The problem with the travel bug is: once you get it the itch doesn’t go away, the more you travel the worse the itch to travel gets. The further you go, you learn about more places that you just need to explore. Now that we’ve been in Chile and Argentina, I feel that Patagonia is calling to me. The only problems with Patagonia are: it’s crazy expensive, and far, it’s very far. If you look at a world map you think, yep, Patagonia is a ways down there, but once you start looking at hours on a bus, it’s absolutely ridiculously far.
We have come to a point in our trip where we need to make a decision. We had planned for our trip to be about 6 months. We guestimated that this would be when the money would run out. (And finally I was right about something!) So now we’re low on funds, but 4 of us are having the time of our lives and don’t want to stop exploring. We have been thinking hard since I first arrived in Santiago in January to formulate our next plan. We went to Mendoza to think and work, and then we found this housesit which bought us some extra time to ponder our options further.
We had it narrowed down to two options, continue on south to Patagonia where we would stay stationary for 6 months or so while getting our business off the ground, or go back to the States and get full time jobs and put the kids in school. You can guess which answer Israel and I were leaning towards. But. . . Patagonia not only is on the other side of the planet from the U.S., but it’s incredibly expensive. So, while it’s a great location to be in for a nuclear holocaust; if we really do get into money trouble, or if a loved one were to get sick, it’s very challenging and costly to get back home.
To add another element into the equation, the owner of the website that I have been writing for recently came to me with a proposition. He is going to live in Europe for a year or more, so won’t be able to run South American Outdoors from there. He offered to have me run the business for a year and is giving me the freedom to take the website in any direction I choose. This opportunity also calls us to stay here in South America awhile longer to see if we can make it work out while testing my business, marketing, and travel skills.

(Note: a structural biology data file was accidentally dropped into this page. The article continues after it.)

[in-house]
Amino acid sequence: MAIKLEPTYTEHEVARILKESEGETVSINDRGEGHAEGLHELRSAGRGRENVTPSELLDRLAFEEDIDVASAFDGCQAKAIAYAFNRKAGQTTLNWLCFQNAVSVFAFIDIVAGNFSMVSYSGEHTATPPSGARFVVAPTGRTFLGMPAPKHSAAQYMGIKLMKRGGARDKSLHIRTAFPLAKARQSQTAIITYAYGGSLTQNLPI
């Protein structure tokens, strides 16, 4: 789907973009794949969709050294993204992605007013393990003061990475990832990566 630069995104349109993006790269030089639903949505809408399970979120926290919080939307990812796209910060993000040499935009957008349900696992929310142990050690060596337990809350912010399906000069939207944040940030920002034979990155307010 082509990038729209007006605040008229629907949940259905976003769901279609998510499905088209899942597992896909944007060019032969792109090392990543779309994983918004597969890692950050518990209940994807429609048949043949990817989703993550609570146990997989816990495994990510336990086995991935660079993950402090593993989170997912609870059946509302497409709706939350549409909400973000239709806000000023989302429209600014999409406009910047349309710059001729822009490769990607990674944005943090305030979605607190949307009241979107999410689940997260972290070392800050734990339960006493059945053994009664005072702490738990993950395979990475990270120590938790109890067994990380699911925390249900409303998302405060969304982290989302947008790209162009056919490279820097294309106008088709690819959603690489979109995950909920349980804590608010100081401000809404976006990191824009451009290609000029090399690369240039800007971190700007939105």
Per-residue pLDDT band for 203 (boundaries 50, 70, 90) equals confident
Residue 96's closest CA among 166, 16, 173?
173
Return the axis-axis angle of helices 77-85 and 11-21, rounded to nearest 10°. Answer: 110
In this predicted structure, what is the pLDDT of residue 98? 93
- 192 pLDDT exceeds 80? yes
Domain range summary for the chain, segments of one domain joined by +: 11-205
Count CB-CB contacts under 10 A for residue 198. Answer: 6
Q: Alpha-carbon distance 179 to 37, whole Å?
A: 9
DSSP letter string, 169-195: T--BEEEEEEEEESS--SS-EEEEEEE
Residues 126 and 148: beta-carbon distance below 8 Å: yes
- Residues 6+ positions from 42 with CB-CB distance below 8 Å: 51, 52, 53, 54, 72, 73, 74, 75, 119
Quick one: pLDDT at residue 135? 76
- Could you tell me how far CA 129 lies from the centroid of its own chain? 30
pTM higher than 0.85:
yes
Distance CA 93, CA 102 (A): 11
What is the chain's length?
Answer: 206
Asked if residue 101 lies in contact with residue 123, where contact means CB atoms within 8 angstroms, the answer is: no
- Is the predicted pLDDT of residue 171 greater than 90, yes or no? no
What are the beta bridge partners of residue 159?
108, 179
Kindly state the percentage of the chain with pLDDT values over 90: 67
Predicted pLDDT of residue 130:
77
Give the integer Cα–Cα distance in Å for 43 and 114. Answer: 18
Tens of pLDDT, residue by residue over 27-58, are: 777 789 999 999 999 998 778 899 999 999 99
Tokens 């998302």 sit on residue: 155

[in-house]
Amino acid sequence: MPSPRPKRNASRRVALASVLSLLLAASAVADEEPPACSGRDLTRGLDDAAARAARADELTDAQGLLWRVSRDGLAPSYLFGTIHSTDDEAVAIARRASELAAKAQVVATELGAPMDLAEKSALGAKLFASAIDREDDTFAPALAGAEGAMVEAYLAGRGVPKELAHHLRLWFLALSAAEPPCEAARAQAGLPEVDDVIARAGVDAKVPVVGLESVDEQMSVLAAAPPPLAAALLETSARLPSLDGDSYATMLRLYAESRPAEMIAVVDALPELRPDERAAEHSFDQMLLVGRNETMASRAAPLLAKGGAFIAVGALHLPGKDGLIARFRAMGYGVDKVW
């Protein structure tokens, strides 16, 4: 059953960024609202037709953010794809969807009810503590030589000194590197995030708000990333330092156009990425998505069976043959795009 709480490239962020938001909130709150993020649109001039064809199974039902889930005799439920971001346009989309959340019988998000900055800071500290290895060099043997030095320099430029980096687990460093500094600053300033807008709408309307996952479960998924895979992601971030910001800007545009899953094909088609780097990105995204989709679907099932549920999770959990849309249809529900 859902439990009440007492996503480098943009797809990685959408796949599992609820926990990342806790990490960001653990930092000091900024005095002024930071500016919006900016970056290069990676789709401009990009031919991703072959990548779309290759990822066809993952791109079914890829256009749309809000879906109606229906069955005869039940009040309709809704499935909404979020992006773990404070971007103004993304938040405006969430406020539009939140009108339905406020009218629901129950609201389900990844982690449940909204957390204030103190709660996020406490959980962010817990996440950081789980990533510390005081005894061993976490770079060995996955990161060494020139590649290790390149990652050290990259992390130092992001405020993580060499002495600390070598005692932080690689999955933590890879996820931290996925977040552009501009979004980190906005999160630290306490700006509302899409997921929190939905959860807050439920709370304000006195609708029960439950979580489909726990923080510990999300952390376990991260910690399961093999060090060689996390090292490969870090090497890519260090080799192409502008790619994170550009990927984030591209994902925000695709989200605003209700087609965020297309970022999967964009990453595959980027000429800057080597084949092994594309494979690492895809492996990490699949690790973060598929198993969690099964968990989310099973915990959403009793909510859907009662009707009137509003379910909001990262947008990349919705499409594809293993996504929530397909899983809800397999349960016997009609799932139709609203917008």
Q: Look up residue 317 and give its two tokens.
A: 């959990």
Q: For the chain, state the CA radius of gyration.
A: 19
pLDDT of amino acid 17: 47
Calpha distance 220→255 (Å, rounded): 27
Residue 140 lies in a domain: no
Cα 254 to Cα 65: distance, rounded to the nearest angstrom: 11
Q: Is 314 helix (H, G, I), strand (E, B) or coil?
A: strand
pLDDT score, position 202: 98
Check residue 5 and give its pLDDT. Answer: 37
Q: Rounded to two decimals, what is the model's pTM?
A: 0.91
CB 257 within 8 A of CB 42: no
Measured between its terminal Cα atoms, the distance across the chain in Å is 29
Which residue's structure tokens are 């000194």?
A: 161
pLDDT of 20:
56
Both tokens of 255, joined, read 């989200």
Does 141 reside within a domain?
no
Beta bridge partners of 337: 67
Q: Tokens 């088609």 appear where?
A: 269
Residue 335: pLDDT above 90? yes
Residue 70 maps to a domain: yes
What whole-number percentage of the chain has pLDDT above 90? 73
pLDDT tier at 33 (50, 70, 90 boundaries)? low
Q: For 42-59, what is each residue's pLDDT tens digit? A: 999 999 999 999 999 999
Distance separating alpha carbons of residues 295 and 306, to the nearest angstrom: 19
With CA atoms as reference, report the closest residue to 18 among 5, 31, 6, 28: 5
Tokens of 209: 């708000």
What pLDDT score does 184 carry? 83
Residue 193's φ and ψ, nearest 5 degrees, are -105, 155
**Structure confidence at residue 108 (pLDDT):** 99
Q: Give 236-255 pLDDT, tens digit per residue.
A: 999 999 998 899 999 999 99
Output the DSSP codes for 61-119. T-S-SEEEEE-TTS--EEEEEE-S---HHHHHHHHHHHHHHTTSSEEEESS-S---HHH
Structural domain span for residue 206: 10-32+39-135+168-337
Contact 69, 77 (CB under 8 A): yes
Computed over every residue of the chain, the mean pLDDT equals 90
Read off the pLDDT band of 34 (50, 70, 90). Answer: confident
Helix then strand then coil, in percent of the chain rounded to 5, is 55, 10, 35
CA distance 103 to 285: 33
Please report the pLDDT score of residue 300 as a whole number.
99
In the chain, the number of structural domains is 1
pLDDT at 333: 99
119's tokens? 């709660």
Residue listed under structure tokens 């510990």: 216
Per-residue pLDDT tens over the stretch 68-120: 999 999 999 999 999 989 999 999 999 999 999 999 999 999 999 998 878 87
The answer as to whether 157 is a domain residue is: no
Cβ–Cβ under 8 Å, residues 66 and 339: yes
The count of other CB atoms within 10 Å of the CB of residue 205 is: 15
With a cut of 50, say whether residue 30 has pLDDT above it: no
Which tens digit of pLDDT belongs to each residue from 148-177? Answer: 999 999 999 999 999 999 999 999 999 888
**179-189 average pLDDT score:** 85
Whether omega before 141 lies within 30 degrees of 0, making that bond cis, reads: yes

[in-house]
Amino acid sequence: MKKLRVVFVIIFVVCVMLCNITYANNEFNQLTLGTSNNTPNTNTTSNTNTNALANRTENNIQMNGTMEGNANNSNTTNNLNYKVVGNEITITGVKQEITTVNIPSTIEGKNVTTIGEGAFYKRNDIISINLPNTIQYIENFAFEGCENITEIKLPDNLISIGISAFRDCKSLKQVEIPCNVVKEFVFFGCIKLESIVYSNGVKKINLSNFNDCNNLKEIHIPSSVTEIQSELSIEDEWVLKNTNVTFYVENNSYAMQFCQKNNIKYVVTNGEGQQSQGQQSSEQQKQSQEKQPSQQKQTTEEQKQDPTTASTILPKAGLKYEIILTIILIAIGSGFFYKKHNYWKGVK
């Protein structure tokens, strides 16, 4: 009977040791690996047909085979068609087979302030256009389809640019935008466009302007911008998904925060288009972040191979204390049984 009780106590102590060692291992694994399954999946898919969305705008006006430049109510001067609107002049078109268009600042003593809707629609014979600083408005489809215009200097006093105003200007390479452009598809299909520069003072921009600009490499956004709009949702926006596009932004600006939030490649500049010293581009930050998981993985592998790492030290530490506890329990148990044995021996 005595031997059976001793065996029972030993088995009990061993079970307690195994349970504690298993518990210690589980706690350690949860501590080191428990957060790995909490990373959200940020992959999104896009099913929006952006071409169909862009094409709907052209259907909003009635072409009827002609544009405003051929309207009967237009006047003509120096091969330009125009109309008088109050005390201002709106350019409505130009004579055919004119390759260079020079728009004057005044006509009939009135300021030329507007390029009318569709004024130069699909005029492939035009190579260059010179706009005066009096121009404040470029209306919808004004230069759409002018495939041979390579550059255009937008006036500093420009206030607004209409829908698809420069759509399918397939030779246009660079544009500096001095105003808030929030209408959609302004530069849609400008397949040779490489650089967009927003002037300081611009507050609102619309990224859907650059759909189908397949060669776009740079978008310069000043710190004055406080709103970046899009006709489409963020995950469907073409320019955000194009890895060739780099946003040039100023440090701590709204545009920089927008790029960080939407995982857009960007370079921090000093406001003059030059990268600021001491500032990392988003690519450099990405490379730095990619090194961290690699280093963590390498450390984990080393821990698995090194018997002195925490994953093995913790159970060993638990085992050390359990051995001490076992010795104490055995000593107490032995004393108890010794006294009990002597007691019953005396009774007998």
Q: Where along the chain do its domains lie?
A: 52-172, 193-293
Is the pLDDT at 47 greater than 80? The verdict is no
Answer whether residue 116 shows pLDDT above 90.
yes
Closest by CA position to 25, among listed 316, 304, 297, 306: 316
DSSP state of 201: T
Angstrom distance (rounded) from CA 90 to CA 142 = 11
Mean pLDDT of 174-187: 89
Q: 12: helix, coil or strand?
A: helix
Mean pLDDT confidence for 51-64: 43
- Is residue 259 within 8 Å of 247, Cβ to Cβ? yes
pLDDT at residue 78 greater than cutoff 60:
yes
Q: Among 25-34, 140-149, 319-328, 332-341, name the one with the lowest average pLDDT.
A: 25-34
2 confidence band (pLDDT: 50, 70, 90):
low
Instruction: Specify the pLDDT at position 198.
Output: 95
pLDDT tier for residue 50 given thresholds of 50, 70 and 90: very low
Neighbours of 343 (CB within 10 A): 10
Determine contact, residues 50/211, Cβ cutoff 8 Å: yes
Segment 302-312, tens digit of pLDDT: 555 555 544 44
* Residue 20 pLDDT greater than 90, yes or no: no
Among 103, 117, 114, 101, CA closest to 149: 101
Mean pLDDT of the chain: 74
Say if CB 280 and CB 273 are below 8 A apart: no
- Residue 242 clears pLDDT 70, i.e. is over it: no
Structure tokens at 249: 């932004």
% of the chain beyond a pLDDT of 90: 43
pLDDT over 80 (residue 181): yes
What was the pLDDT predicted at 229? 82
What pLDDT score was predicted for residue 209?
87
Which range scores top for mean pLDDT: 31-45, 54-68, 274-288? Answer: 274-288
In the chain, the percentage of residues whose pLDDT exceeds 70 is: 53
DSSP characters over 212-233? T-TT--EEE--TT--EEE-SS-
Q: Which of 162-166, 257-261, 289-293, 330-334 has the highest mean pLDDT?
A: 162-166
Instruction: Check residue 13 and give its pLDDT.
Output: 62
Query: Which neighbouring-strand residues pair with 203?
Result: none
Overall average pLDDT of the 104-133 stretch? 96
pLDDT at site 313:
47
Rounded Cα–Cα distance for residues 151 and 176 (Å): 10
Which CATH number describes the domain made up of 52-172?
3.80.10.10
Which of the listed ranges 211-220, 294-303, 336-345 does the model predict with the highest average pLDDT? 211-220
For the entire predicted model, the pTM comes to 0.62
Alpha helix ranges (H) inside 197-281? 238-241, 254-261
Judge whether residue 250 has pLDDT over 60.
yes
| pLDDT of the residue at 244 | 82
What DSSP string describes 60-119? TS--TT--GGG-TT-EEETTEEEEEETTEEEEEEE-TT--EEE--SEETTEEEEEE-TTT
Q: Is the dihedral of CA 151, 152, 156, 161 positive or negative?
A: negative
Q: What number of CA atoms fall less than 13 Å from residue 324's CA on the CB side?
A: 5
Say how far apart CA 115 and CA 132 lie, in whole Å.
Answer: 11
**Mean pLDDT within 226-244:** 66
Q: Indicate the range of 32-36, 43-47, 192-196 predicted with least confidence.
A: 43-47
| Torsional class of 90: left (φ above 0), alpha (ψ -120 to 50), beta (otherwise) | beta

Recently we came up with a third option, sort of a middle ground. We’ll head back north, to Peru, where we stay stationary for about 6 months to try our hands at this whole business thing. Peru is much less expensive to live in than Chile or Argentina, it was on our list of places to go, and flying out of Lima is much more practical than either Santiago or Buenos Aires.
We walk along the rocky shore here daily. It’s a bit like hiking, but even more challenging. You have to carefully check which rocks to step on. Are they flat enough? Are they large enough? Will they move when you step on them? Are they slippery?
I do my best thinking when hiking, and walking along these rocks today got me thinking. Climbing through these rocks is just like our journey through life. There are many ways one can take to get to the final destination and we all take different routes. The little boys are always confidently leaping easily from one rock to the next without any worries or cares in the world. They hardly look up to see if they’re on the right track. They just go where the rocks take them or bound ahead to see the next interesting thing. Israel is always sure-footed, he seems to know the best way and always offers me a helpful hand. Then there’s me. I don’t like following in anyone’s footsteps, I have to find my own path, and I often reject Israel’s kind offers of help. Sometimes my path will take me a long way, or through slippery rocks, sometimes I just have to jump from one rock to the next and hope I land well. Occasionally I take his hand, and he helps me through the difficult parts. I have never wanted to take the easy way through life. Never mind that there was a nice, easy trail along the beach. I have always wanted to climb the rocky shore to see what I could find. I am confident that I am heading in the right direction, I just hope I don’t fall and bust my ass along the way. But even if I do, I know that my husband will bound over countless rocks to get to me and help me up.
So, as we take this leap, I hope not to fall on my ass. But if I do, it will be ok, I’ll brush it off and get up again. I know I can’t take the easy way. I can’t just go home and work a mind-numbing, soul-sucking job, pretending to fit in with the rest of the world, where I never have belonged. I have to forge my own way. Even if there are giant boulders ahead, I would rather face them than the easy, effortless stroll down the beach.